I got a couple of impressions. I am generally not psychic and was very uncertain where they were coming from, whether from my imagination or from a spirit presence.

I got a few words — “verschliessen” which means “close”; “schiessen” meaning “shoot” and perhaps these two words were meant to be the same, and I had picked the first one up.

I also got the name “Otto” and a connection with a place called Schliesingen, which was somewhere in the East of Germany. I have not been able to find this place. There was a young man, whom I took to be Otto from Schliessingen and I felt that he was 23 years old. From then on a story unfolded itself in my mind.

The young man had been condemned to death, and the Executioner was a thought-form of his fears. Before he was executed, he took his own life by hanging himself from a beam in the theatre. He wanted desperately to go home but was frightened to leave the building and wanted me to guide him down the stairs. I did all of this — actually walking down the steps.

I had the impression that Otto was hesitant, and then, in my imagination, I saw him stumble and slump with a rope around his neck. The rope he had hanged himself on was holding him back.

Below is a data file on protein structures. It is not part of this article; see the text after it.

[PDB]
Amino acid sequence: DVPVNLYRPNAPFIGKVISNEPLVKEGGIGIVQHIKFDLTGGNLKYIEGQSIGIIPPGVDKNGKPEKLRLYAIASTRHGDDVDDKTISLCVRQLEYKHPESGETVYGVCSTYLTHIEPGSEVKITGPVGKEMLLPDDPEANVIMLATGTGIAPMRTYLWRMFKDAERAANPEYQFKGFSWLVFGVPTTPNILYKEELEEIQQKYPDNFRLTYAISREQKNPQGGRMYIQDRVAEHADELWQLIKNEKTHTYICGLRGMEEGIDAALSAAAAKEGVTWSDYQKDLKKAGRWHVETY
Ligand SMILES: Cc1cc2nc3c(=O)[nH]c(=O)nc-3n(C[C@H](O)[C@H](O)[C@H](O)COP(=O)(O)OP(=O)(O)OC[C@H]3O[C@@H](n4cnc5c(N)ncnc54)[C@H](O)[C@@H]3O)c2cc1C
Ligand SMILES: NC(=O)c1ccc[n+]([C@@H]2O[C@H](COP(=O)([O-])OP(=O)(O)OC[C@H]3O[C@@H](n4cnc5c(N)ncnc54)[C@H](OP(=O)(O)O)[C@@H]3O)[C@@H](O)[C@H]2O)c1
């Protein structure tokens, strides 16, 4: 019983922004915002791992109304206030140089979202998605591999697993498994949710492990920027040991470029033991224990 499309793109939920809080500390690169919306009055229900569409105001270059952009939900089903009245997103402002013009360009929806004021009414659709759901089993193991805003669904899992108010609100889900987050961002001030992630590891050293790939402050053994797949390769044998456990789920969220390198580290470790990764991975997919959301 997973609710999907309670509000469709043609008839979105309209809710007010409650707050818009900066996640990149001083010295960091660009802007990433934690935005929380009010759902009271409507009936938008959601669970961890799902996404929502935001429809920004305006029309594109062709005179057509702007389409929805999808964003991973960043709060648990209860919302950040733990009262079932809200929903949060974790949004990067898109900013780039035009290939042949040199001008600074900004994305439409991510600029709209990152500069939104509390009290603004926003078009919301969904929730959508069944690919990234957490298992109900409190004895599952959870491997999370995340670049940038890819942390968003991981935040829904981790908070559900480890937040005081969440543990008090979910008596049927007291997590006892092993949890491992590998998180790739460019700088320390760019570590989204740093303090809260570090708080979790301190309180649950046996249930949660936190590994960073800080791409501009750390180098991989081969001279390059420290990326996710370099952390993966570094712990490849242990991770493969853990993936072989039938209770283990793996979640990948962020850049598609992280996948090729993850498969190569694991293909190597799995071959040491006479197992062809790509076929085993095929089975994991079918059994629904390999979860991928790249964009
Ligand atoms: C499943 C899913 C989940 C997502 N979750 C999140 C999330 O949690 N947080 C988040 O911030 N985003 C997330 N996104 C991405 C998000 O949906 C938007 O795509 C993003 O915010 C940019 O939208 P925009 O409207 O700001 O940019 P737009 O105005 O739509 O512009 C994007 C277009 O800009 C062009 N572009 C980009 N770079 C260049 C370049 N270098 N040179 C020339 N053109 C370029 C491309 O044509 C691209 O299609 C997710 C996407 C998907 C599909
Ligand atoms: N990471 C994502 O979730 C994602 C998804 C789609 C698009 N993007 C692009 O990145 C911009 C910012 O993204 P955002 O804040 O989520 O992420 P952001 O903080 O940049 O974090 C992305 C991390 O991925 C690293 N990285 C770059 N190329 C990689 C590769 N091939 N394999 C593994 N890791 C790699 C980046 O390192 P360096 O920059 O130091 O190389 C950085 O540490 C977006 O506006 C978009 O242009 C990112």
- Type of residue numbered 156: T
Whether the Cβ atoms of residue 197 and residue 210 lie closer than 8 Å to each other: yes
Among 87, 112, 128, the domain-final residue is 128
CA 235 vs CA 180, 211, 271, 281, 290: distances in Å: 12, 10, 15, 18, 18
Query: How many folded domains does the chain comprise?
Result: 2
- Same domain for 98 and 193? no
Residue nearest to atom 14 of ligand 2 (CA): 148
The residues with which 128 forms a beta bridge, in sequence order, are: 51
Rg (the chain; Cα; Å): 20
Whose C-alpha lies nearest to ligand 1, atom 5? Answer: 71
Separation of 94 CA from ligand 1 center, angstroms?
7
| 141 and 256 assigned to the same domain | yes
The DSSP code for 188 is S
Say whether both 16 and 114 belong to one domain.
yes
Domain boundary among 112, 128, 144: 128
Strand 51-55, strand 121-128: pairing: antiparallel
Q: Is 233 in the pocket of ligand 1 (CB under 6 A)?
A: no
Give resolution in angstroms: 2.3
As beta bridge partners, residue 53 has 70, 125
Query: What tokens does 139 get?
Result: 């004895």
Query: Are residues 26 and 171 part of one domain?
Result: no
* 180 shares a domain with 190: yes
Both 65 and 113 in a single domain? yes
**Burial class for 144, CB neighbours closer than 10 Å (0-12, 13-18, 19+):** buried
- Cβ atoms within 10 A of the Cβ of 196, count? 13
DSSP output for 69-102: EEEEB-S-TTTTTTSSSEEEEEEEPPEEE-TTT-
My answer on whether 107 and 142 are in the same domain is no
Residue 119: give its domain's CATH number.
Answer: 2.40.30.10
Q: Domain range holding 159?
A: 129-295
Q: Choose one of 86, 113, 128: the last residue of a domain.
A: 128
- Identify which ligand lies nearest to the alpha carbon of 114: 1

I mentally cut through the cable and led him out into the fresh air where he disappeared into a mist then a star form. He lingered to thank me and then left.

I would stress that I knew nothing about the history of the place at that time, other than a rumour that someone had hanged himself in the Camp. If you check the historical section below, you will see that there are close similarities with something that actually happened at Grizedale, but specific vital details are different.

The Cottage

Claire got no impressions at all from the downstairs of the Cottage. When she went upstairs, she gave a sharp intake of breath, and a flood of information came through to her. She said that there was someone in the trees opposite watching us. He originated from about five hundred yards to the right (this would actually be about where the Stable Block is — see below).

This watcher was once in the Cottage in the room to the right as you go up the stairs. It seemed he was frightened or ashamed of that room as he wanted to shut the door and keep Claire out.

She then described him: